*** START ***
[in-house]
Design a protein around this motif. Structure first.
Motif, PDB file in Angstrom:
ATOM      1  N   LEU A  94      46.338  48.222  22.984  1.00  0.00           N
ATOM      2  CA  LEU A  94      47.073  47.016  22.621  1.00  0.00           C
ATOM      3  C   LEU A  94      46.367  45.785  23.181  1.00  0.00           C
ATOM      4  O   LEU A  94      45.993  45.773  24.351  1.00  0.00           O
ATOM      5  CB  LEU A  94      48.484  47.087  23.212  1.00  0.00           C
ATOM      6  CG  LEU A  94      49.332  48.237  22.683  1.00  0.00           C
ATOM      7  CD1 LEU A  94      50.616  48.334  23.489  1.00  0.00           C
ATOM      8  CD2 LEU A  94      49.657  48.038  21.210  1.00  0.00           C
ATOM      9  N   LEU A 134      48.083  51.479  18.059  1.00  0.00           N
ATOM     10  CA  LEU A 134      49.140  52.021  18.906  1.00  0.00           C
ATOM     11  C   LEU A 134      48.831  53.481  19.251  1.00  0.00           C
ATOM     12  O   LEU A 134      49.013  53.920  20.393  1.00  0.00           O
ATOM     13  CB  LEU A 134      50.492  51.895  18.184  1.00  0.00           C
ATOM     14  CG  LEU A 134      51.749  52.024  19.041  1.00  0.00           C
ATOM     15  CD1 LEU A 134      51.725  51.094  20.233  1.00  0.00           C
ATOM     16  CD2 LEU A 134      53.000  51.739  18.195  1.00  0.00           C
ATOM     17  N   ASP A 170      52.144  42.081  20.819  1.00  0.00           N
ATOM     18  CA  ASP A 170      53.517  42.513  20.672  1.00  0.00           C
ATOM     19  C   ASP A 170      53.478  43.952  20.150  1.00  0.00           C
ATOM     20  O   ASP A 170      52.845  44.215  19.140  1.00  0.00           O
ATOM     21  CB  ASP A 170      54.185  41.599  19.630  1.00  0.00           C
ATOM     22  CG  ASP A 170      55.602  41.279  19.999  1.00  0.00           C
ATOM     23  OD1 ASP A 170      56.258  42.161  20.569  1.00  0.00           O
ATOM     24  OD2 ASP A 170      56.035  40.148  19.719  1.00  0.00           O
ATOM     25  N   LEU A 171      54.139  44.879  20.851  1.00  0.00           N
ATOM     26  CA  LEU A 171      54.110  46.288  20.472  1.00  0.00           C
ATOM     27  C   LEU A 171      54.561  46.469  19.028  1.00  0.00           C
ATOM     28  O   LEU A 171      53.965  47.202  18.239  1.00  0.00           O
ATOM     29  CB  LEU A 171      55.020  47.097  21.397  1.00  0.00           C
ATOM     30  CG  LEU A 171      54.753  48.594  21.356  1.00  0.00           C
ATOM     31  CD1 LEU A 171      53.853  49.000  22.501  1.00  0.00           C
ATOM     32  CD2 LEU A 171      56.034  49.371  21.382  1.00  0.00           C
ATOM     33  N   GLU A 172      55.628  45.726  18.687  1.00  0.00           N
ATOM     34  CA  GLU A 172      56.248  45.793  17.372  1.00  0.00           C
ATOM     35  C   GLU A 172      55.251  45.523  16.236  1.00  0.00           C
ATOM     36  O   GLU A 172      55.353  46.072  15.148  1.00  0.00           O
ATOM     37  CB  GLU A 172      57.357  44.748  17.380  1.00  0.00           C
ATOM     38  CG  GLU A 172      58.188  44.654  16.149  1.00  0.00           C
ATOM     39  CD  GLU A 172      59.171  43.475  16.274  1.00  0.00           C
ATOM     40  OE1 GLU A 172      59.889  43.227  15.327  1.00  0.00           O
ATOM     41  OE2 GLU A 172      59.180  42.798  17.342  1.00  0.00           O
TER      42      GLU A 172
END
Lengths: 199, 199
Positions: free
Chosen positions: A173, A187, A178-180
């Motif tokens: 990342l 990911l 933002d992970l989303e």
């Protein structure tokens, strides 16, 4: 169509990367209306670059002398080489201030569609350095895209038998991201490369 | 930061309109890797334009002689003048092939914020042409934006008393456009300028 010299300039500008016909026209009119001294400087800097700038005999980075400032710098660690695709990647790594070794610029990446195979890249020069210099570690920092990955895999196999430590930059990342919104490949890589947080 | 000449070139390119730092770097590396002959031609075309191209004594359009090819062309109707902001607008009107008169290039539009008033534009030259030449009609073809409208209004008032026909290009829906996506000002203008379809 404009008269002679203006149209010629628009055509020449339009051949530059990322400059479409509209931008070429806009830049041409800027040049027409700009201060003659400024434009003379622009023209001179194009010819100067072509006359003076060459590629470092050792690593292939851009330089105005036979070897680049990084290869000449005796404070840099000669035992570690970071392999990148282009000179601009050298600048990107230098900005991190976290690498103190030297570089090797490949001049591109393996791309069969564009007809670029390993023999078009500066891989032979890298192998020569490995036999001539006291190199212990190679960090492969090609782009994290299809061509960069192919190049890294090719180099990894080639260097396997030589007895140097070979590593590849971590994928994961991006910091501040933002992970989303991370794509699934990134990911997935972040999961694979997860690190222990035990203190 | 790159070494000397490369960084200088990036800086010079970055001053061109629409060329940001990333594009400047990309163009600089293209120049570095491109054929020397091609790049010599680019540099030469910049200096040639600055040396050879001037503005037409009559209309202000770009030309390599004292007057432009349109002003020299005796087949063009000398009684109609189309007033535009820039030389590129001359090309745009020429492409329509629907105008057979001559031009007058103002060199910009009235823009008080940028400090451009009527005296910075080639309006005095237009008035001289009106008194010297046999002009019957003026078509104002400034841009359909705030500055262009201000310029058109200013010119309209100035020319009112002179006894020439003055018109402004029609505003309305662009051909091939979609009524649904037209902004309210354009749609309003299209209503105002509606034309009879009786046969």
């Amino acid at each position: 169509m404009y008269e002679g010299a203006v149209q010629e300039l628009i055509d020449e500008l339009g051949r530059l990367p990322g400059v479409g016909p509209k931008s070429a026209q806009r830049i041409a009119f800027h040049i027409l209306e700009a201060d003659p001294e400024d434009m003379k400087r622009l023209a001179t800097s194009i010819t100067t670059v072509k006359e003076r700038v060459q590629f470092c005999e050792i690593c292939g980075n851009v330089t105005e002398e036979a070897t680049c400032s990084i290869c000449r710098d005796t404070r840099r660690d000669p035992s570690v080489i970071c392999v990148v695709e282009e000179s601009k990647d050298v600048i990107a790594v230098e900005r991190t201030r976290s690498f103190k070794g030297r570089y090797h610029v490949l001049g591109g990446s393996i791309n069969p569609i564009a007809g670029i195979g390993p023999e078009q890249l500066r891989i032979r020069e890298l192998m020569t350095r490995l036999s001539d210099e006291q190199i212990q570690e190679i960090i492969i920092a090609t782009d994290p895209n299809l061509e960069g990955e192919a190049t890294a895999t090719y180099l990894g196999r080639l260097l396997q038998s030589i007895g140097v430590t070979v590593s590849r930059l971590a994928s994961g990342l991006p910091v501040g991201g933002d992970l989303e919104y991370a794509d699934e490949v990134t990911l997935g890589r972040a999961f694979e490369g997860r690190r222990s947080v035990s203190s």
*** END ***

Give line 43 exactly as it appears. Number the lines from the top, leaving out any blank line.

ATOM     40  OE1 GLU A 172      59.889  43.227  15.327  1.00  0.00           O